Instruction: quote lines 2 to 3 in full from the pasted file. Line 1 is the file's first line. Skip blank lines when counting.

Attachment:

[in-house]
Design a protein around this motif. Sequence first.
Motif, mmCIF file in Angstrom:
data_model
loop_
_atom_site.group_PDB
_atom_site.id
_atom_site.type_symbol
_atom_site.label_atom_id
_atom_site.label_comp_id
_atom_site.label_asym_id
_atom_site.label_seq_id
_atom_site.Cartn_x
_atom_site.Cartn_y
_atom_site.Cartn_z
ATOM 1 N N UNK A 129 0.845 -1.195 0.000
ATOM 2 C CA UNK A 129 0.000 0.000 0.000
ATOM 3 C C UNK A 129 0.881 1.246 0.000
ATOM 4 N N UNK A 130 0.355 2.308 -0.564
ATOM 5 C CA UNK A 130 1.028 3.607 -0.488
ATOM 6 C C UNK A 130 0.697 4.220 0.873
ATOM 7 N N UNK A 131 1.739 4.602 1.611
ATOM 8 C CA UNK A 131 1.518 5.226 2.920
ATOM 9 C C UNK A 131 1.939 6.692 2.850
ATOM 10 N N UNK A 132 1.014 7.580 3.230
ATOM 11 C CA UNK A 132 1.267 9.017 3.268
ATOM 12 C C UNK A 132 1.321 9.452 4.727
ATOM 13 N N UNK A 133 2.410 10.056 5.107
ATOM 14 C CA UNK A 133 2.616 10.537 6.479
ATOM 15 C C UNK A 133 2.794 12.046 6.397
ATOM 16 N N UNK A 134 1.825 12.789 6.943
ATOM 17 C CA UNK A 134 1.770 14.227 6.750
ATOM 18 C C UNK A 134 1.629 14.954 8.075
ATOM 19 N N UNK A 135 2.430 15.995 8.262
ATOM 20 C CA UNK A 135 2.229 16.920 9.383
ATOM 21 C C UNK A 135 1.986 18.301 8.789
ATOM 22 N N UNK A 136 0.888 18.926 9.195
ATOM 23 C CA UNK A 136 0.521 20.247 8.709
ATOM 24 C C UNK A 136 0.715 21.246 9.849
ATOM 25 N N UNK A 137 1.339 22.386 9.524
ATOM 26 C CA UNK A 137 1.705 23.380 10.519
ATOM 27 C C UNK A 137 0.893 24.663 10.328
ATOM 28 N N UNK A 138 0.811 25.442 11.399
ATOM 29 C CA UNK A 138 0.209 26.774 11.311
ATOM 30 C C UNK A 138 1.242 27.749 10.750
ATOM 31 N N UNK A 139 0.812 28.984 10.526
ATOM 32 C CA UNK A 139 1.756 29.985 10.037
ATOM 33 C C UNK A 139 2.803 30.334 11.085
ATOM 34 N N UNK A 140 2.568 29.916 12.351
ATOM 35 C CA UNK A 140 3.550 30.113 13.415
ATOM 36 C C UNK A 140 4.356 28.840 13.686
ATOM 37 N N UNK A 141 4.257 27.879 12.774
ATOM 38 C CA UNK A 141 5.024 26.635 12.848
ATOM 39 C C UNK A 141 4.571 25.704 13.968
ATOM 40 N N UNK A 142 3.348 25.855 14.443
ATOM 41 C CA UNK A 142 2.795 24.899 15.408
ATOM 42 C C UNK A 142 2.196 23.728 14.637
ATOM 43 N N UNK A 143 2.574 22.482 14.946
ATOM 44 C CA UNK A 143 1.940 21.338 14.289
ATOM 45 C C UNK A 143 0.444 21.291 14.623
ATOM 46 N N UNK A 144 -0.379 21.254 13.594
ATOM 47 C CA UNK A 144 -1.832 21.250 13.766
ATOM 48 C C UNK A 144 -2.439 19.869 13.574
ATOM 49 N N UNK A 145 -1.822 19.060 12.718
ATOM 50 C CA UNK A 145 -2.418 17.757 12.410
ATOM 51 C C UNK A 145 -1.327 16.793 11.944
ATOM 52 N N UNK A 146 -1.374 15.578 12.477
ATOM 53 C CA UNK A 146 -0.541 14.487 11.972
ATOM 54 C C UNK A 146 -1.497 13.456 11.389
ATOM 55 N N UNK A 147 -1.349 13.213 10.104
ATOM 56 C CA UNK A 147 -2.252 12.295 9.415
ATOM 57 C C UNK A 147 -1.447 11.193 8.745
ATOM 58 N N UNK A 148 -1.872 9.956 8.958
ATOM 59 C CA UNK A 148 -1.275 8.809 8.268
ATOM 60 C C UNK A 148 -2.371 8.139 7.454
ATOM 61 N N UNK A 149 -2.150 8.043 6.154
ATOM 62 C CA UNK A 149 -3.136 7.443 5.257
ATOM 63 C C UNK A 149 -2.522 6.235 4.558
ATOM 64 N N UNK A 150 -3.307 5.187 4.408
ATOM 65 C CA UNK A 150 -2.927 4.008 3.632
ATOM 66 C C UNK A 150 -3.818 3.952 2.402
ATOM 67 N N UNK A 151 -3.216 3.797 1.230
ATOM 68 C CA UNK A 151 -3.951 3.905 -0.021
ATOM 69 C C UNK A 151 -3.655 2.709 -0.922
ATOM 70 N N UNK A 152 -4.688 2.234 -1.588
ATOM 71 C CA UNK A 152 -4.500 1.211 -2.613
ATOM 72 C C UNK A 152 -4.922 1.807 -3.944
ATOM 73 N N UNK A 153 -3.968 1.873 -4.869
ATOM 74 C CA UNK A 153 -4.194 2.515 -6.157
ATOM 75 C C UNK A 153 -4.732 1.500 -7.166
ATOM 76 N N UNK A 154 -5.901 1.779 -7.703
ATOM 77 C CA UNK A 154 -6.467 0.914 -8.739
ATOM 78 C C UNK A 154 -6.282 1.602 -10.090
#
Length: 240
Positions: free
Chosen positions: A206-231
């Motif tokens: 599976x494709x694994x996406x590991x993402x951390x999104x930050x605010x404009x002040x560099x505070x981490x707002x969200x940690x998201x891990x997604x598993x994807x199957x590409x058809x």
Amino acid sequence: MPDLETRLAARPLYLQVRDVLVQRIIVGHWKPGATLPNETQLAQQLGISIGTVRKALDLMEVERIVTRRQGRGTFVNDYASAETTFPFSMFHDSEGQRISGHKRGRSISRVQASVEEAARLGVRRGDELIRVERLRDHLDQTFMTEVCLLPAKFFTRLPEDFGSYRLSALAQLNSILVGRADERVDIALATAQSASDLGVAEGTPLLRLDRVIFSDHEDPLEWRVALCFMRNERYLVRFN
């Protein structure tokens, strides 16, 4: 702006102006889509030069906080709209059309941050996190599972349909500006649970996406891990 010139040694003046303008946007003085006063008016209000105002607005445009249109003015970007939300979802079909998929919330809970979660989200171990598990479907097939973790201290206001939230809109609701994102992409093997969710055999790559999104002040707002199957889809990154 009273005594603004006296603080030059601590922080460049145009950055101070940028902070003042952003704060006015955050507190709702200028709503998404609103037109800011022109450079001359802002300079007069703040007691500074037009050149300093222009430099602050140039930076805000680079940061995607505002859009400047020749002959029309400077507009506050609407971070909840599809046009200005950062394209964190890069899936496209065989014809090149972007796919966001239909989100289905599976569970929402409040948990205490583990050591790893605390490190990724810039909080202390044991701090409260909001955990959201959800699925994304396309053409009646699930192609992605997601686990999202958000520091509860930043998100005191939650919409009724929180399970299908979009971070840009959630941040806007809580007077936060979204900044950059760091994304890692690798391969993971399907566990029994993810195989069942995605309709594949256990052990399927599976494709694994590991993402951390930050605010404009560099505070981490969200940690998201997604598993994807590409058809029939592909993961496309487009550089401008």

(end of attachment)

Design a protein around this motif. Sequence first.
Motif, mmCIF file in Angstrom: